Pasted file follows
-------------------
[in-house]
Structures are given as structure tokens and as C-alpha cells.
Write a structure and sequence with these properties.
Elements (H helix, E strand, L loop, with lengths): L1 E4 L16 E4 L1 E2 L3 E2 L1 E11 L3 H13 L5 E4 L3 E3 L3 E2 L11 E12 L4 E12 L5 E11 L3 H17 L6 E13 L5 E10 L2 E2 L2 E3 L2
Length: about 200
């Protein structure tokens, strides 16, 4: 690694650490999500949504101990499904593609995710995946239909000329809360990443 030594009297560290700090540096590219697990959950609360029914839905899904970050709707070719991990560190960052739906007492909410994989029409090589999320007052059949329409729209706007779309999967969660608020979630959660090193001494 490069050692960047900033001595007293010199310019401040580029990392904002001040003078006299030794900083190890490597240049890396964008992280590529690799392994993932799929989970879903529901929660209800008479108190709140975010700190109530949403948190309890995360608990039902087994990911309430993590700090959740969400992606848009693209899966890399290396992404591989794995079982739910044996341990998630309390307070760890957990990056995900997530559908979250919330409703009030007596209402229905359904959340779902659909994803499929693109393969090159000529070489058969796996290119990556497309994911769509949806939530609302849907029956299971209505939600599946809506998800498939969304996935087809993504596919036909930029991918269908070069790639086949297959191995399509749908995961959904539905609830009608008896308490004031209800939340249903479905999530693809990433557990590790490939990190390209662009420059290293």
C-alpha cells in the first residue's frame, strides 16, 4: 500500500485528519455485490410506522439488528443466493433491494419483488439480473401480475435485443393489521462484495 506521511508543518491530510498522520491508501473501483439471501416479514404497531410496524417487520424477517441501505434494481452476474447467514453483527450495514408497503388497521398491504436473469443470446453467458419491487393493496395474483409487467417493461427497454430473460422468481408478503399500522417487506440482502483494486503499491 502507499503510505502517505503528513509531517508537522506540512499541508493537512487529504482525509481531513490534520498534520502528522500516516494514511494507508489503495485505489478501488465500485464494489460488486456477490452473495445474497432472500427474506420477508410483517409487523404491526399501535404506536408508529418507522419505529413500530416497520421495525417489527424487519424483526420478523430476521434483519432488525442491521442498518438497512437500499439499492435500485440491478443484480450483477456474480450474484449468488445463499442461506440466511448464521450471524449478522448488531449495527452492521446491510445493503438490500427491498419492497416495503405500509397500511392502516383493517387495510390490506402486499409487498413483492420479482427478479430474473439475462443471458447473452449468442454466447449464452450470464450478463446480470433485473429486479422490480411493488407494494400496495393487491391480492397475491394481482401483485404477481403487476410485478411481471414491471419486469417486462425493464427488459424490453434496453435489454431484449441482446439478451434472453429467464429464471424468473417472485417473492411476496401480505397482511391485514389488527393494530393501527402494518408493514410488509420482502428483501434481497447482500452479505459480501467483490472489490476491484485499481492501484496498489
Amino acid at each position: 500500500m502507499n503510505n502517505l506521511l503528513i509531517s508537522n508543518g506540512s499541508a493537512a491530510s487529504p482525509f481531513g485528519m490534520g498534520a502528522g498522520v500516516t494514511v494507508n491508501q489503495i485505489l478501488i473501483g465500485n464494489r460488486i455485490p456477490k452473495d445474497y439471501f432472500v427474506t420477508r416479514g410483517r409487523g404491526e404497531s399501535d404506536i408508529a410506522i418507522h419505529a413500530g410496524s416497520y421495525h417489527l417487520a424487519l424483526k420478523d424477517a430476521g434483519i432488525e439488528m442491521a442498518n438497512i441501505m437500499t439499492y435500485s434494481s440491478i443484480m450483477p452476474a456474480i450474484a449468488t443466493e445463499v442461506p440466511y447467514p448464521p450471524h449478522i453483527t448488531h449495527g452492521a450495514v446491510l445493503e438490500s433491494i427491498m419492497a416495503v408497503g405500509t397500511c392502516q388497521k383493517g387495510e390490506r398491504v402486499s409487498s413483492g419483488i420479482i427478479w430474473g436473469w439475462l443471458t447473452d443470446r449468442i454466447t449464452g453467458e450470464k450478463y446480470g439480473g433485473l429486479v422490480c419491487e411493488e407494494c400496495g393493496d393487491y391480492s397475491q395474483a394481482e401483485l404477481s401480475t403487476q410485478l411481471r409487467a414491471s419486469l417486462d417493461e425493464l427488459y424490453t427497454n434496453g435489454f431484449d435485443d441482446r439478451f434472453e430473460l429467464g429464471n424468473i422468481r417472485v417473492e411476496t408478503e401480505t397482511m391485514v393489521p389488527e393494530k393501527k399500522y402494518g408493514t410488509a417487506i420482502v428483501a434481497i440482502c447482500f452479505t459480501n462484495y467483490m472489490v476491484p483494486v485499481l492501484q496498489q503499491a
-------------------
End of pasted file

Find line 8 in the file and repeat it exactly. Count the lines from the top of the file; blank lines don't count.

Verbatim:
Amino acid at each position: 500500500m502507499n503510505n502517505l506521511l503528513i509531517s508537522n508543518g506540512s499541508a493537512a491530510s487529504p482525509f481531513g485528519m490534520g498534520a502528522g498522520v500516516t494514511v494507508n491508501q489503495i485505489l478501488i473501483g465500485n464494489r460488486i455485490p456477490k452473495d445474497y439471501f432472500v427474506t420477508r416479514g410483517r409487523g404491526e404497531s399501535d404506536i408508529a410506522i418507522h419505529a413500530g410496524s416497520y421495525h417489527l417487520a424487519l424483526k420478523d424477517a430476521g434483519i432488525e439488528m442491521a442498518n438497512i441501505m437500499t439499492y435500485s434494481s440491478i443484480m450483477p452476474a456474480i450474484a449468488t443466493e445463499v442461506p440466511y447467514p448464521p450471524h449478522i453483527t448488531h449495527g452492521a450495514v446491510l445493503e438490500s433491494i427491498m419492497a416495503v408497503g405500509t397500511c392502516q388497521k383493517g387495510e390490506r398491504v402486499s409487498s413483492g419483488i420479482i427478479w430474473g436473469w439475462l443471458t447473452d443470446r449468442i454466447t449464452g453467458e450470464k450478463y446480470g439480473g433485473l429486479v422490480c419491487e411493488e407494494c400496495g393493496d393487491y391480492s397475491q395474483a394481482e401483485l404477481s401480475t403487476q410485478l411481471r409487467a414491471s419486469l417486462d417493461e425493464l427488459y424490453t427497454n434496453g435489454f431484449d435485443d441482446r439478451f434472453e430473460l429467464g429464471n424468473i422468481r417472485v417473492e411476496t408478503e401480505t397482511m391485514v393489521p389488527e393494530k393501527k399500522y402494518g408493514t410488509a417487506i420482502v428483501a434481497i440482502c447482500f452479505t459480501n462484495y467483490m472489490v476491484p483494486v485499481l492501484q496498489q503499491a